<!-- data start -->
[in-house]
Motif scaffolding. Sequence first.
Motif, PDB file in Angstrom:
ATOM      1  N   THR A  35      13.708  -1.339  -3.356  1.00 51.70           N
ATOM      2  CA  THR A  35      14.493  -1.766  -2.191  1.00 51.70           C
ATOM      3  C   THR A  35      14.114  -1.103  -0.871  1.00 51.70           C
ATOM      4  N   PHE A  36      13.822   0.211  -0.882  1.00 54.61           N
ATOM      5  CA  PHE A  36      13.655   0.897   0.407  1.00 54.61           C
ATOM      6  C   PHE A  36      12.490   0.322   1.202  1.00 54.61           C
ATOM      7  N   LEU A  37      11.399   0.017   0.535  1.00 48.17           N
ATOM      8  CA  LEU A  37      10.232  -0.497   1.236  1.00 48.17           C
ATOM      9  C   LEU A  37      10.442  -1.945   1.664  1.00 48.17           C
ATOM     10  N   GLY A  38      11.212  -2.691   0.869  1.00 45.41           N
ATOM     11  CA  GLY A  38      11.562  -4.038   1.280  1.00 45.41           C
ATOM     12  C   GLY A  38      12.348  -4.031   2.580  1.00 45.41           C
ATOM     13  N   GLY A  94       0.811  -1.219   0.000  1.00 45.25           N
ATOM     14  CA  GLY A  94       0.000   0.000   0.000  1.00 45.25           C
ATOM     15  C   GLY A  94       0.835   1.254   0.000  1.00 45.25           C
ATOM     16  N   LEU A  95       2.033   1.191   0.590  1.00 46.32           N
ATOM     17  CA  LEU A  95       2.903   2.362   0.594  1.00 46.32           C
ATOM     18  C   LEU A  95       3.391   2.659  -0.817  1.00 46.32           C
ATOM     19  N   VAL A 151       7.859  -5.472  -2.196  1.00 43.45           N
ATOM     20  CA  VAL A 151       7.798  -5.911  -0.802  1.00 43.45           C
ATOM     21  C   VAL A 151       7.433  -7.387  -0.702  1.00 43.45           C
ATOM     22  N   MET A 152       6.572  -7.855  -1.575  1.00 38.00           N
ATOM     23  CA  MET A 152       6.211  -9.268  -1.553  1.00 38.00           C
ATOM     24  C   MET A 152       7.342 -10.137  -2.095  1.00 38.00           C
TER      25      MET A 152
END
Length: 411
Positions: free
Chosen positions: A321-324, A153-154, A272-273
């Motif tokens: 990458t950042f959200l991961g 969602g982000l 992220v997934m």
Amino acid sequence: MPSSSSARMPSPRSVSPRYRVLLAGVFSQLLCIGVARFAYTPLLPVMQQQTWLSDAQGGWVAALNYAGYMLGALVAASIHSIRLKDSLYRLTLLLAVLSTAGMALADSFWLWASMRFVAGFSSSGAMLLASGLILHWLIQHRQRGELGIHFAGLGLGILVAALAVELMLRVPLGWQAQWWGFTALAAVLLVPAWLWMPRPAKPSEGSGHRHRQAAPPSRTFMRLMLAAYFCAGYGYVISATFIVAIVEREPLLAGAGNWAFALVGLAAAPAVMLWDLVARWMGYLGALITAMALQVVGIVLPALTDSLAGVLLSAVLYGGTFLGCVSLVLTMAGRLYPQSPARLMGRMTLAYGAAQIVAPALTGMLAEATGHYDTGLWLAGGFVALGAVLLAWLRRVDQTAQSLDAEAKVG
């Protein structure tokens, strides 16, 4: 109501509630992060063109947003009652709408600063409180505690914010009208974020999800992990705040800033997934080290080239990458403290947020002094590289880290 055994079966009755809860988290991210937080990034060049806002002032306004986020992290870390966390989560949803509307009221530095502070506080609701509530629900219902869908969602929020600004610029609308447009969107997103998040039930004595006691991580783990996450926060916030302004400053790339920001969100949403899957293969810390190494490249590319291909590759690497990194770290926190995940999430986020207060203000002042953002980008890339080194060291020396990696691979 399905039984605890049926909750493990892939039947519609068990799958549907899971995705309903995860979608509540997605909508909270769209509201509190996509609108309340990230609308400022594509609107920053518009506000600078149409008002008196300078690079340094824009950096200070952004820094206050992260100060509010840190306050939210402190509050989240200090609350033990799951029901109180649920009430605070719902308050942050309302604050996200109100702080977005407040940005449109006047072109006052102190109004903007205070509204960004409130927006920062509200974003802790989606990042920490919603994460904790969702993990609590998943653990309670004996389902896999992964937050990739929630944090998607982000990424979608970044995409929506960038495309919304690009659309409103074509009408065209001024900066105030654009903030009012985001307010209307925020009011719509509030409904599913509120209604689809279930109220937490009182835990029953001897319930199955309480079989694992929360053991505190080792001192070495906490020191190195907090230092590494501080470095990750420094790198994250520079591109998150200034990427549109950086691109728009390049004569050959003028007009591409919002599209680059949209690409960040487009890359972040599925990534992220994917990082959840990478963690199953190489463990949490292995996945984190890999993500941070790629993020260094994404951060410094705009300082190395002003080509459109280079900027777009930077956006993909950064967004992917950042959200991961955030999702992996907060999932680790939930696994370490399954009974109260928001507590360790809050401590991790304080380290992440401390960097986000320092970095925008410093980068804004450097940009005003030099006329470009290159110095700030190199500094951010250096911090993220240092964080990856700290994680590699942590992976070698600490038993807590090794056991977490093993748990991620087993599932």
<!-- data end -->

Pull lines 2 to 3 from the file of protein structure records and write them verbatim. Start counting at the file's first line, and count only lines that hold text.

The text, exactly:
Motif scaffolding. Sequence first.
Motif, PDB file in Angstrom: